Gee, you don't suppose that the mainstream media is not reporting much
about our economy because it is "their" guy in the White House, do you?
One reason I am scared to talk about the economy is because of that
herd of elephants in the room called the national debt. Over 17 trillion and,
thanks to yesterdays vote in the Senate, likely to be 18 trillion this time next
I don't think it is so much a "fear" to talk about the economy as
much as a lack of knowledge. People regularly confuse microeconomics with macro
and think their personal finance class somehow relates to foreign bond
transactions. Most people don't understand the role the deficit plays in a
liquidity trap or what the zero lower bound is. Most people do not know where
spending bills originate or understand the fact that the president cannot spend
a single penny without congressional approval. It is human nature to hate what
you do not understand. Deficit spending has been reduced 50% over the last five
years. That was done by congress. That is also a bad thing because we are
currently in a liquidity trap and should be expanding the deficit. But it is much easier for the average person to take no effort in trying to
understand macroeconomic models and just blame whoever is in the White House at
FatherOfFour- You forgot to mention that your Keynesian economic views are not
universally held by economists and many of Keynes' models have been largely
debunked. Unfortunately, too many politicians have no greater grasp of economics
than the average guy on the street. I learned in my time in financial services
there is an old saying that goes something like this: "Economists have
predicted twenty of the last two recessions." Translation: they don't
have a clue, either.History, on the other hand, has a hard way of teaching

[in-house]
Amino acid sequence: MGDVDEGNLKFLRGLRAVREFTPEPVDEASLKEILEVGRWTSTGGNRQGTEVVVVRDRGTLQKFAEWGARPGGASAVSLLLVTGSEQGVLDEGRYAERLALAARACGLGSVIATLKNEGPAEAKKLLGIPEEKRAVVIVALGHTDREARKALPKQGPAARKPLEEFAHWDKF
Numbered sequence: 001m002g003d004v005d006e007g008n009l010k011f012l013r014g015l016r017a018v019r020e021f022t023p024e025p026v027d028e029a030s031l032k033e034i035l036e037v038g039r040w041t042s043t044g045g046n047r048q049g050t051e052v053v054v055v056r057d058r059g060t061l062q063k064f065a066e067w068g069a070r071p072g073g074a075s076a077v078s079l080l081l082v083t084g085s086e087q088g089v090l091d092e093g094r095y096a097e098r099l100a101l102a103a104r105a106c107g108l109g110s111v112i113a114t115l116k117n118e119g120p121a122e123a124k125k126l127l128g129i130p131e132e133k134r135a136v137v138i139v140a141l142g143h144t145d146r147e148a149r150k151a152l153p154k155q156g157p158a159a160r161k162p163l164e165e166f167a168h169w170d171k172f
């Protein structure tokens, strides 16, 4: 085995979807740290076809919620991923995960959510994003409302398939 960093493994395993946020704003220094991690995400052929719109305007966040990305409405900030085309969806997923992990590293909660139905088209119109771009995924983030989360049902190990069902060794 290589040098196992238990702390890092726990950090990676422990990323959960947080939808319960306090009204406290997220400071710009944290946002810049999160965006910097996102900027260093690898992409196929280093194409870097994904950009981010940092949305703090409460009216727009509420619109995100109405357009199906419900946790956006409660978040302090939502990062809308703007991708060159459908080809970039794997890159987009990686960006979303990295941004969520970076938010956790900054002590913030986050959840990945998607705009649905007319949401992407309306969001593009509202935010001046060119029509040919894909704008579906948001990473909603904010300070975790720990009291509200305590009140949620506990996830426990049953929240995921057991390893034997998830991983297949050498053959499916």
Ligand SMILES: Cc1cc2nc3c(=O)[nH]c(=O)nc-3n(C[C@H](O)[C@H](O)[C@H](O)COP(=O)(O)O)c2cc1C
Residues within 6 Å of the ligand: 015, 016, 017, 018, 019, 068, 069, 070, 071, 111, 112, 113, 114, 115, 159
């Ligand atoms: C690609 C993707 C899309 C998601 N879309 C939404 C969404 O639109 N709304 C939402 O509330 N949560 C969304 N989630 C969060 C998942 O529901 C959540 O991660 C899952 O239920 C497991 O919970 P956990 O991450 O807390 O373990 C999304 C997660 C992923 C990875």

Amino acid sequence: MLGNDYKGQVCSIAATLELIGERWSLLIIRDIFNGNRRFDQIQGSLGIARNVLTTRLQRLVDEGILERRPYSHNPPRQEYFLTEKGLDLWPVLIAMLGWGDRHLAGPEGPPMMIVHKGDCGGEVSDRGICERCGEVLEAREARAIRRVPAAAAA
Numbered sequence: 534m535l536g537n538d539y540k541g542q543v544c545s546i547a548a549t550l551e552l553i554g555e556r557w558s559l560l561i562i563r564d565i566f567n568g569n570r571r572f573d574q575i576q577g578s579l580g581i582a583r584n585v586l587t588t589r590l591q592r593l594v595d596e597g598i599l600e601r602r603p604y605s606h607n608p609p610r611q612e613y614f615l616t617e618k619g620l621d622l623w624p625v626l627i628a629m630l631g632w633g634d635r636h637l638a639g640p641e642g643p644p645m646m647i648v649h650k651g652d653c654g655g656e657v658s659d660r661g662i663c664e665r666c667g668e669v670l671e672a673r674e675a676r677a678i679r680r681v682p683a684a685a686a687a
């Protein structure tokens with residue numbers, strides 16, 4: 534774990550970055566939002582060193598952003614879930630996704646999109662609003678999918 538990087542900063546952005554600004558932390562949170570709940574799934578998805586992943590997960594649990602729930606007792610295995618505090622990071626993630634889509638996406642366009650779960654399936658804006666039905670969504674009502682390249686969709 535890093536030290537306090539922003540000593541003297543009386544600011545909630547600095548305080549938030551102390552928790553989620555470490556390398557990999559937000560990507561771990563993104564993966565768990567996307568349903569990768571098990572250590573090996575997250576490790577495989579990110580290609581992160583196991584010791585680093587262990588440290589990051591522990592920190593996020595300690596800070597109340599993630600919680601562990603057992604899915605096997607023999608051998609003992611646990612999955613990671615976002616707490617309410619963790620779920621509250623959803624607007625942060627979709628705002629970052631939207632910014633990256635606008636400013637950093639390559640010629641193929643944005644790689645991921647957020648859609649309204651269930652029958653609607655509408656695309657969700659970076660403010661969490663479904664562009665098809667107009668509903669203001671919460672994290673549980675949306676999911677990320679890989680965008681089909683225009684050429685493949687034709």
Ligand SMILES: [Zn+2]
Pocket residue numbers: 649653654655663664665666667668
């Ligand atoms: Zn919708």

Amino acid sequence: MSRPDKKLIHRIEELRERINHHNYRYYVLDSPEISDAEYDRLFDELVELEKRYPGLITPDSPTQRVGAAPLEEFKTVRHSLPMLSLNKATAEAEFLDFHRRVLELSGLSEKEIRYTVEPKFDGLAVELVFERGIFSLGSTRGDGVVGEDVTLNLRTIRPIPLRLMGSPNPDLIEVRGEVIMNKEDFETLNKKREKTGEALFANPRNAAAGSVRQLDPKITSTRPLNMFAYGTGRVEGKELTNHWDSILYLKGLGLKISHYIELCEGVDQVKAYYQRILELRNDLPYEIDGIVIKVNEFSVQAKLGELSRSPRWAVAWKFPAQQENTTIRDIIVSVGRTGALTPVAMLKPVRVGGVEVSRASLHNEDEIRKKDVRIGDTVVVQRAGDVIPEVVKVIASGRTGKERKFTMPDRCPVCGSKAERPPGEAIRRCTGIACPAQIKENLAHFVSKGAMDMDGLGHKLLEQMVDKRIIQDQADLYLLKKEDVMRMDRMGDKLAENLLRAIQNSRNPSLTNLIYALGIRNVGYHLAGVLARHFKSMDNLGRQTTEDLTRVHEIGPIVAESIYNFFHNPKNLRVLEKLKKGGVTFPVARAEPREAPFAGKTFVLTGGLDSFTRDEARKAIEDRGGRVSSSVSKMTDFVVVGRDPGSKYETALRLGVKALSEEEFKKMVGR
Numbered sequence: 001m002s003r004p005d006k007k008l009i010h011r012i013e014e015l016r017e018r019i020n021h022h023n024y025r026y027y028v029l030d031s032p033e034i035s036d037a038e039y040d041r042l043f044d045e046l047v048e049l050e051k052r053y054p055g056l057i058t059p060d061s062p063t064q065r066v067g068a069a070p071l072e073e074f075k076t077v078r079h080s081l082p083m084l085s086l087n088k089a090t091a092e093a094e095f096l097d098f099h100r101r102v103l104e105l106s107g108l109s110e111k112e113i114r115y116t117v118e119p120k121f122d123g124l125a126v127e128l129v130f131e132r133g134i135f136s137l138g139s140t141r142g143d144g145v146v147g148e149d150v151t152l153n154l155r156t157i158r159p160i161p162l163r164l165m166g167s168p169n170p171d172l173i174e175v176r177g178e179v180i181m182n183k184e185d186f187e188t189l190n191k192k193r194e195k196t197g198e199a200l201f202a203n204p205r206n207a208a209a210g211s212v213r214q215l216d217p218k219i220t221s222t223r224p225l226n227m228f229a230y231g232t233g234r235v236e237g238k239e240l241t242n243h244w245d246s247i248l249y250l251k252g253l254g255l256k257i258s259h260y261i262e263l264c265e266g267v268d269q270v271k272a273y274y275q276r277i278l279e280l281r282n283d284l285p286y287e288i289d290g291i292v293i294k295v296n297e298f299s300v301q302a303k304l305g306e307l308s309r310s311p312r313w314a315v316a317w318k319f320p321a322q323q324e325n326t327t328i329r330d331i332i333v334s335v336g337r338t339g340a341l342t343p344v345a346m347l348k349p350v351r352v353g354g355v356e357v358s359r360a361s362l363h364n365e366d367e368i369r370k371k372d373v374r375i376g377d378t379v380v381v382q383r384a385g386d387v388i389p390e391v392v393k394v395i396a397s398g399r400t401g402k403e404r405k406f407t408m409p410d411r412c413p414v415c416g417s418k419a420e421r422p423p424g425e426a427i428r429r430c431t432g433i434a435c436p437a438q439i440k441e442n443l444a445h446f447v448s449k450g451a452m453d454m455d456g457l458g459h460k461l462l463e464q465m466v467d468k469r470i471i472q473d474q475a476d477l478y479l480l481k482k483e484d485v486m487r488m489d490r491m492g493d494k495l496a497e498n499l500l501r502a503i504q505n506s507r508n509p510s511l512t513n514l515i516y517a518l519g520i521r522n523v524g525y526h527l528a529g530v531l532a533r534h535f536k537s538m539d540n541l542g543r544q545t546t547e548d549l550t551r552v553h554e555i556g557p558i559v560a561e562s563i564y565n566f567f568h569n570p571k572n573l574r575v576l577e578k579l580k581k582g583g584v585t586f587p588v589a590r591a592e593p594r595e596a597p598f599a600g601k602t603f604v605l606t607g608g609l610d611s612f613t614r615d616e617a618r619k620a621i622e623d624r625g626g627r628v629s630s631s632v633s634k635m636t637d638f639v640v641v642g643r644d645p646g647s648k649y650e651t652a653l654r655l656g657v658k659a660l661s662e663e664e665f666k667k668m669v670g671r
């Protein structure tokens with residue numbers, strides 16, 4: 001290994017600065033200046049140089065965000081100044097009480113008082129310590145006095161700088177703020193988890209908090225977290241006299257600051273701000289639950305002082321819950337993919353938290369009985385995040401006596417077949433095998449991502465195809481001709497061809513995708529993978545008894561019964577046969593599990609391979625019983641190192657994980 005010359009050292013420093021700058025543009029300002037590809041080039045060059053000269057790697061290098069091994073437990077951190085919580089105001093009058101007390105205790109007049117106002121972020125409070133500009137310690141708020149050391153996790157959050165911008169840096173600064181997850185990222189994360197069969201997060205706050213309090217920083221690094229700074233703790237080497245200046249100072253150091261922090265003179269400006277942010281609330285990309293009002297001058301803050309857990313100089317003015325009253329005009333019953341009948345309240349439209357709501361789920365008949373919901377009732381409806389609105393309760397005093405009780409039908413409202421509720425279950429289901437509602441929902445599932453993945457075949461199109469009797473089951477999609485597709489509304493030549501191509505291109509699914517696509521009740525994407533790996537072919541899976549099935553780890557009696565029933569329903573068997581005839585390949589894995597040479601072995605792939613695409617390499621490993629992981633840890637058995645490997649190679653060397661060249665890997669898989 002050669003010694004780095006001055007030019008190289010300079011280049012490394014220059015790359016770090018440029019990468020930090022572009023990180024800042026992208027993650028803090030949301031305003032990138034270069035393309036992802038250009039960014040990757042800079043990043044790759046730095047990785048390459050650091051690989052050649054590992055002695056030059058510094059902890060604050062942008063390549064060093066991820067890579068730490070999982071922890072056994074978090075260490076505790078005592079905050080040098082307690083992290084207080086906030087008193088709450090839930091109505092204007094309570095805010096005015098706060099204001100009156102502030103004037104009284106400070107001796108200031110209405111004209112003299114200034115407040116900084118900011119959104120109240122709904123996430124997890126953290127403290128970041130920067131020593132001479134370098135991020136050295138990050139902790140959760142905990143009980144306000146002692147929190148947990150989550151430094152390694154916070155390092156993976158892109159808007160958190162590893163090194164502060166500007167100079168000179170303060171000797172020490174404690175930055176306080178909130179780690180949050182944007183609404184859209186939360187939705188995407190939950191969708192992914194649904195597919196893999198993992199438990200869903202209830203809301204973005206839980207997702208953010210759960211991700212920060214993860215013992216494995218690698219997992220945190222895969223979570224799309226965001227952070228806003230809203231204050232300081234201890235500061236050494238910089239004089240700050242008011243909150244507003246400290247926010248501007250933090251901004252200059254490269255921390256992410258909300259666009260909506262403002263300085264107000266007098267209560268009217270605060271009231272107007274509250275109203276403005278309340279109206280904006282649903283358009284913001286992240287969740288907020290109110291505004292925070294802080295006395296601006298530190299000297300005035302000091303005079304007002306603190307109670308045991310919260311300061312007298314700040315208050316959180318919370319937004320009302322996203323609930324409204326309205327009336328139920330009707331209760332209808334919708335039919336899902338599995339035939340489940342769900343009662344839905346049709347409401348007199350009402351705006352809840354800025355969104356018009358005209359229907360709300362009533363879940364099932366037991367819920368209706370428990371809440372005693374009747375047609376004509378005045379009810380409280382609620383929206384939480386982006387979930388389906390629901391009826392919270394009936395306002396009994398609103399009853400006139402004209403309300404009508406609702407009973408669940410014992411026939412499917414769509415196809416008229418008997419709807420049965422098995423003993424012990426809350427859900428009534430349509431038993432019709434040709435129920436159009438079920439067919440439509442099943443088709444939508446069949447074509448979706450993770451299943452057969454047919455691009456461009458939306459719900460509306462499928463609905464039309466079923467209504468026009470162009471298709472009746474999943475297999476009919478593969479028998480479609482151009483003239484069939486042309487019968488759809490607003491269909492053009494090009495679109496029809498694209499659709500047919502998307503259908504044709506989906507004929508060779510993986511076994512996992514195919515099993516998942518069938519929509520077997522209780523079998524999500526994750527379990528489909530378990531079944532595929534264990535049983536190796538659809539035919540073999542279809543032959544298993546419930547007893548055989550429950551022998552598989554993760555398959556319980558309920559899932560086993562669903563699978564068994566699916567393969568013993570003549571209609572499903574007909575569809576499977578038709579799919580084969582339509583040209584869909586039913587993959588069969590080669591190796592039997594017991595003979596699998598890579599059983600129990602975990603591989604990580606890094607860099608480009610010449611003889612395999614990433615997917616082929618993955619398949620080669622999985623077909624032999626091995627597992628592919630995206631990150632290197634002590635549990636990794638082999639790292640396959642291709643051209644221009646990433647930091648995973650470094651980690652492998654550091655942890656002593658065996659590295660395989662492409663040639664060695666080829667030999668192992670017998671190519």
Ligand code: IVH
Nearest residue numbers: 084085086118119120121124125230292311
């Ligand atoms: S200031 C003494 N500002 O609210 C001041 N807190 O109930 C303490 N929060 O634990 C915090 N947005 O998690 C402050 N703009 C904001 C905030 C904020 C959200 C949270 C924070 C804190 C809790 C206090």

us that, as in Rome, the build up of public debt presages a country's
FatherOfFourThere is not much to not understand about twelve zeros.
We have currently borrowed over $17,000,000,000,000. And you say we should be
The mainstream media does not like to talk about Mr. Obana's failure to
help the economy. Actually the government cannot spend us to prosperity.
Better to lower taxes and cut government spending. It would help to reduce some
of the 40,000 new regulations we got this year.
We are afraid to talk about the economy or national debt because we are afraid
our children and grandchildren will catch on that we have spent their
inheritance. They should sue us for failure to meet our fiduciary
responsibility. Our president can decide to selectively enforce congressional
laws. Maybe he can wave his wand and reduce our debt.
Because it would force us to finally admit that the tax cuts to the rich
aren't working and the growing gap between the haves and the have nots is
bad.Trickle down economics aren't working. So obviously, all
those politicians bought off by big oil, banks, and Wall Street don't want
to talk about it.
@kiddsport and happy2bhere. FatherOfFour is right, most do not understand macro
economics.Our monetary system is debt based. Every dollar whether it
is cash, deposit, etc, is a representation of debt. Most people think when they
borrow money from a bank that they are borrowing money from the banks owners or
other depositors. They are not. The bank simply creates the money and puts
it's in your account. It is called fractional reserve lending.The tools the Federal Reserve use to stimulate economic growth have not been
working because the public doesn't want to borrow money. The only other
option is for the government to borrow money and spend it to encourage the
economy and the private sector to start borrowing money again.Paying
off the national debt can never happen. It is mathematically impossible with our
monetary system that is based on debt.Don't believe me read
modern money mechanics and research the topic, money as debt.
17 trillion in debt is pretty scary...but wait...next year it will be 18
trillion. Thanks Barack for adding almost 9 trillion in new debt in 5 years.
That is nearly 4 times the amount any previous president has added. "What - me worry" Alfred E Newman